ISSN 2094-2818

Editors: Eduardo A. Padlan and
Gisela P. Padilla-Concepcion
VOLUME 7 NUMBER 1 (January to June 2014)
 

Phil. Sci. Lett. 2014 7 (1) 138-145

available online: April 23, 2014

*Corresponding author
Email Address: robby_manrique@dlsu.edu.ph
Received: December 18, 2013
Revised: March 27, 2014
Accepted: March 28, 2014
Published: April 23, 2014
Editor-in-charge: Eduardo A. Padlan

Keywords: microalgae drying, lipid bilayer, phospholipids, dioleoyl-glycero-phosphocholine, osmotic pressure, water, biodiesel, molecular dynamics calculations

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  ARTICLE
A molecular dynamics investigation of water migration in a lipid bilayer for microalgae drying


by Robby Manrique1*, Aristotle Ubando1, Al Rey Villagracia2, Jennifer Corpuz2, Allan Abraham Padama3, Melanie David2, Nelson Arboleda Jr.2, Alvin Culaba1, and Hideaki Kasai3

1Mechanical Engineering Department, De La Salle University, 2401 Taft Avenue, Malate 1004, Manila, Philippines
2Physics Department, De La Salle University, 2401 Taft Avenue, Malate 1004, Manila, Philippines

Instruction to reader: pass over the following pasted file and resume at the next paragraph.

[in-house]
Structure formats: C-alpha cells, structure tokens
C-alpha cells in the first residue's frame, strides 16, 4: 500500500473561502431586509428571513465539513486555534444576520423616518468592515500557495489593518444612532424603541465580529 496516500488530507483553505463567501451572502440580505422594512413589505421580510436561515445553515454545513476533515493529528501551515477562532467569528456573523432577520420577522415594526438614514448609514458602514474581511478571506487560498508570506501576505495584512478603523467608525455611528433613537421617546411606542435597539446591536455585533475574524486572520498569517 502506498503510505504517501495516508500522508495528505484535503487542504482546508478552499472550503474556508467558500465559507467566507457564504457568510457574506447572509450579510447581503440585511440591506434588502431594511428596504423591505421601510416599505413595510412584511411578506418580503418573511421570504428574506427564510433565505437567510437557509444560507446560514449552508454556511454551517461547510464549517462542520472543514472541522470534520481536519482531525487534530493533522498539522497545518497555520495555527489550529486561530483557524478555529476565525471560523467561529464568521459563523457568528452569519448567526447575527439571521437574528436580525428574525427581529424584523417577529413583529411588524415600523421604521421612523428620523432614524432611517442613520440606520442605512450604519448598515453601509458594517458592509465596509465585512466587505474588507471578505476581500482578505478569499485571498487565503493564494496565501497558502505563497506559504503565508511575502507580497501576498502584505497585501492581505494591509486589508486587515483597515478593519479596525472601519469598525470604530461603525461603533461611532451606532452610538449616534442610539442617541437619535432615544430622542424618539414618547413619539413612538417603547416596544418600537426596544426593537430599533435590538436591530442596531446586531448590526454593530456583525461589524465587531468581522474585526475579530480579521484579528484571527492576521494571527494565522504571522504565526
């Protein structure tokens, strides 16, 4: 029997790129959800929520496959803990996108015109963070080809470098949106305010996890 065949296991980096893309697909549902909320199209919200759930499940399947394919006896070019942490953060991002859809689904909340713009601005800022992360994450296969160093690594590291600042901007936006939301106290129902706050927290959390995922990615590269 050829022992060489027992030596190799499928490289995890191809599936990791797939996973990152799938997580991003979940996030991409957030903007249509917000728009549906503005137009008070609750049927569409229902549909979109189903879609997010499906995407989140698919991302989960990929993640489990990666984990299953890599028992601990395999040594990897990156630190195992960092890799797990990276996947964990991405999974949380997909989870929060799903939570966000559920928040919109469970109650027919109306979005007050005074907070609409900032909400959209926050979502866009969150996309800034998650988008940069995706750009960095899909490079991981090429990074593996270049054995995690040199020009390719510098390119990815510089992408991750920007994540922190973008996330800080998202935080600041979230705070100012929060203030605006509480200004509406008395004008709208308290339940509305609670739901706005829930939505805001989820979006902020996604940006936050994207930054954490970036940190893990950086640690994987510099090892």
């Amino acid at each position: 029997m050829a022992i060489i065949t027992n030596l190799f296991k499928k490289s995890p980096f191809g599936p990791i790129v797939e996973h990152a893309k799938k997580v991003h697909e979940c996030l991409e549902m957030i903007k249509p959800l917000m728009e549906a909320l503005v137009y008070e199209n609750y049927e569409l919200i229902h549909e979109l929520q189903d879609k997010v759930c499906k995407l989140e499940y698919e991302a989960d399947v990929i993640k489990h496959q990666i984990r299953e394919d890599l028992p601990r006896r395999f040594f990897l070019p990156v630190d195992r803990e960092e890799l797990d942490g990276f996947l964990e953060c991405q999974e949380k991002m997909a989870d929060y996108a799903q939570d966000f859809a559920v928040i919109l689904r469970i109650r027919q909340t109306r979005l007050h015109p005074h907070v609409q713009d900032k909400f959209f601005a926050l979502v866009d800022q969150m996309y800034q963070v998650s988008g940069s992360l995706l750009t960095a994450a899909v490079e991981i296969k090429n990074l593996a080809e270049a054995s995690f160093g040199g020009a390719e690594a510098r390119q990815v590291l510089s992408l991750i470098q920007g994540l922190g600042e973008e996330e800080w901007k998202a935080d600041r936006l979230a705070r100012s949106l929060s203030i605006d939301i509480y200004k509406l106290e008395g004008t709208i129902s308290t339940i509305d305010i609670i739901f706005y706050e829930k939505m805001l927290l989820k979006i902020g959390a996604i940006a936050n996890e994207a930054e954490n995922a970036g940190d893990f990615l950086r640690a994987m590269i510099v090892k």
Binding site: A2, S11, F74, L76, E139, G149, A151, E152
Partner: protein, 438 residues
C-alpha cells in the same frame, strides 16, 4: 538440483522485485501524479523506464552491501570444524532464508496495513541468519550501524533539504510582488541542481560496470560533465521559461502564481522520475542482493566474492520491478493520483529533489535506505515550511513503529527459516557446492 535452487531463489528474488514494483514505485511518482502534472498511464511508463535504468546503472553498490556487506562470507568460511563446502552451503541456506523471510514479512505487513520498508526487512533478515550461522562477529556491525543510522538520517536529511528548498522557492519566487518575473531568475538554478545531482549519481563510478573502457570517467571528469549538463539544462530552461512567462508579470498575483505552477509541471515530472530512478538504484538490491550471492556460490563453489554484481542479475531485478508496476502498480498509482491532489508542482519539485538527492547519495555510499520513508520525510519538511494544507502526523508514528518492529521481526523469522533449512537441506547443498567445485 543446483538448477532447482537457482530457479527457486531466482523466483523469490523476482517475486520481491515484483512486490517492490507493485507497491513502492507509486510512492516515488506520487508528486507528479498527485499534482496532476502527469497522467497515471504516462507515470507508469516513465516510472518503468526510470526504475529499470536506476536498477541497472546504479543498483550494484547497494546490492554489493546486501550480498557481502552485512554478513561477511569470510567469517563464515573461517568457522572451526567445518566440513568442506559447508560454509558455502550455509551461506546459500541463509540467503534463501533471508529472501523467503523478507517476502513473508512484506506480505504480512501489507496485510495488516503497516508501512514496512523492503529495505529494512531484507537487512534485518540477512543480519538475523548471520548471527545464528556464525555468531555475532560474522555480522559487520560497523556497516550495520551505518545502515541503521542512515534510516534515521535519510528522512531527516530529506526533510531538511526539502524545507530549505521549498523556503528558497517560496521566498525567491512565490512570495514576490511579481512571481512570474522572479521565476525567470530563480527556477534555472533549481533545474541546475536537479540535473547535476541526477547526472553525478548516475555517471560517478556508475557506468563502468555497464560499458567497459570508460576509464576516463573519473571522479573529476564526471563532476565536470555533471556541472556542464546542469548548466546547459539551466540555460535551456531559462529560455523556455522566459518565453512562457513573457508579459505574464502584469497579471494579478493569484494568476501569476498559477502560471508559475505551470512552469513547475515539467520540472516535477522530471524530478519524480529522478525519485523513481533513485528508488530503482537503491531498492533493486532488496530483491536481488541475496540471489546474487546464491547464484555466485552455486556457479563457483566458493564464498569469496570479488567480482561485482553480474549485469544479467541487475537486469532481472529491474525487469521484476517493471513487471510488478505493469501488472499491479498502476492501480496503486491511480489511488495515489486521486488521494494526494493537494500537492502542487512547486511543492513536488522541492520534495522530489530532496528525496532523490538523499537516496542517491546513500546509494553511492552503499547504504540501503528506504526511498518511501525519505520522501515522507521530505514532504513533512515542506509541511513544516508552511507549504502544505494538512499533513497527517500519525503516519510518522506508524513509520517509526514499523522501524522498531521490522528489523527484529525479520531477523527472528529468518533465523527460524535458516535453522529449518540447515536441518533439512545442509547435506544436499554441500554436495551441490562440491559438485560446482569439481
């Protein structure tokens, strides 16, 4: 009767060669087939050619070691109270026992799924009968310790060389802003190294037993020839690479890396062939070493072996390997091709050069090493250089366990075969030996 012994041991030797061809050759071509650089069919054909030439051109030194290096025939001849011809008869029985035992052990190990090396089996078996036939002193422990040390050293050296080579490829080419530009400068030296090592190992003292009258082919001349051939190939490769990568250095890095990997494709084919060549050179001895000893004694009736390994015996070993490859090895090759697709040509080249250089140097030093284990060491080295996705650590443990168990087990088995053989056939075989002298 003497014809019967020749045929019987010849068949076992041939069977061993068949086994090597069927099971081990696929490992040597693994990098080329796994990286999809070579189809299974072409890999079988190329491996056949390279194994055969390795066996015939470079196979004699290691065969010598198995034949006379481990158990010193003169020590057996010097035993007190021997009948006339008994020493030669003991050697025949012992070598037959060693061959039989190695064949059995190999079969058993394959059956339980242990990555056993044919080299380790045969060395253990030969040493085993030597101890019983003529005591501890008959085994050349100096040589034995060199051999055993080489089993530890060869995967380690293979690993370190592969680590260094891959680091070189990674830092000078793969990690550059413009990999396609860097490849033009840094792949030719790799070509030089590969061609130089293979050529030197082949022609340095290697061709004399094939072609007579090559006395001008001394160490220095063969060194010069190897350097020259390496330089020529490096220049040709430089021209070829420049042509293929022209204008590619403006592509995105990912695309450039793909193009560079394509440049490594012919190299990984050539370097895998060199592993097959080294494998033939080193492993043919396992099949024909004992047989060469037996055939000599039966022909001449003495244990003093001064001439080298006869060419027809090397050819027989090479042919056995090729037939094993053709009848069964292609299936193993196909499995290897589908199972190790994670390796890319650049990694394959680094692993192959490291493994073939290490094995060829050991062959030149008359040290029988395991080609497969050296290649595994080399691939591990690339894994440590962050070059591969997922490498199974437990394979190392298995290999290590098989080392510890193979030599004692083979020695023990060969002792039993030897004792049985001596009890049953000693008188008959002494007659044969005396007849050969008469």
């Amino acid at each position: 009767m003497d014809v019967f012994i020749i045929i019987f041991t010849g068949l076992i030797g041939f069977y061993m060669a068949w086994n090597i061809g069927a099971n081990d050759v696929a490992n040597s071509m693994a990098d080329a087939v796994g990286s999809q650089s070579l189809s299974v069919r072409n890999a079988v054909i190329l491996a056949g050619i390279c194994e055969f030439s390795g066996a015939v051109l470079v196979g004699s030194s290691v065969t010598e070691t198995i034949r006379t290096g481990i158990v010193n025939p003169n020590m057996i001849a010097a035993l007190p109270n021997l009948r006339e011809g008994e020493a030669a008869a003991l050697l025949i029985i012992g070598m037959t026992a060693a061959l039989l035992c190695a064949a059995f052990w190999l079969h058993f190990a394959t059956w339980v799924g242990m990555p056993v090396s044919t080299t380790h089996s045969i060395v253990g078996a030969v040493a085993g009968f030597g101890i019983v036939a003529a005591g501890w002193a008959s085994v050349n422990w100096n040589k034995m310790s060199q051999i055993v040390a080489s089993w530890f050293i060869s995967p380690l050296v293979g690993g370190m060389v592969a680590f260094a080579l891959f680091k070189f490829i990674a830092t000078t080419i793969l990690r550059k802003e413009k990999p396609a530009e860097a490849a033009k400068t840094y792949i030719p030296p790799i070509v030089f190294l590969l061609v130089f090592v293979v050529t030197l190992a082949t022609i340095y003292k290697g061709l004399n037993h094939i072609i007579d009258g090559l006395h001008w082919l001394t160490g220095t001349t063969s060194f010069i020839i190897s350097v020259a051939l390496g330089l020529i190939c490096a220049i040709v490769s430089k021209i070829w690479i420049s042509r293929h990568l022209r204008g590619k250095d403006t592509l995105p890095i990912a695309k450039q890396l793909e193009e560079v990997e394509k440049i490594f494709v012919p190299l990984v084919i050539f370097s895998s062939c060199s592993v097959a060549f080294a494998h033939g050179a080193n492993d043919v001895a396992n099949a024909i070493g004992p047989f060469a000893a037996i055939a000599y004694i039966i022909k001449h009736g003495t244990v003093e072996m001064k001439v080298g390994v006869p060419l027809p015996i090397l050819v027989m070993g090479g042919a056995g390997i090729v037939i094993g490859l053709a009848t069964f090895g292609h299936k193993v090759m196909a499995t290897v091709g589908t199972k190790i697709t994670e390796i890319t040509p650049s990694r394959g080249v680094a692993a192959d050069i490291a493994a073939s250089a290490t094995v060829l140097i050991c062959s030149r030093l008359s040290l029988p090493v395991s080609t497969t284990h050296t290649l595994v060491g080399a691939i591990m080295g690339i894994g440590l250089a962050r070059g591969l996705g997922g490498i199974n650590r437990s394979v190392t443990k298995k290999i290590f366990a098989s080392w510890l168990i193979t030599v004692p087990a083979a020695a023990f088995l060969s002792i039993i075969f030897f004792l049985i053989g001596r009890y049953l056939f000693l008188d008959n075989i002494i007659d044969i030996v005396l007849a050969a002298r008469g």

3Department of Precision Science & Technology and Applied Physics, Osaka University, 2-1 Yamadaoka, Suita,
  Osaka 565-0871, Japan

Microalgae are one of the best candidates for biofuel production owing to their numerous advantages over other oil crops. However, challenges still exist in the entire production chain due to the high energy input at every step of the process, particularly the drying stage. This study investigated the mechanism of water extraction at the molecular level of an algal cell under the influence of osmotic pressure using Molecular Dynamics simulations. The calculated area per lipid of 0.67 nm² of the cell membrane agrees well with other simulation and experimental results. Moreover, the membrane thickness and volume were seen to increase with rising temperature from 330 K. An osmotic pressure as low as 69.2 MPa showed a significant amount of water permeating across the lipid membrane. The occurrence of this water permeation is hastened at higher osmotic pressures. These results can lead to new techniques and suggest further research to provide information that may help realize an alternative and cheaper method of microalgae drying.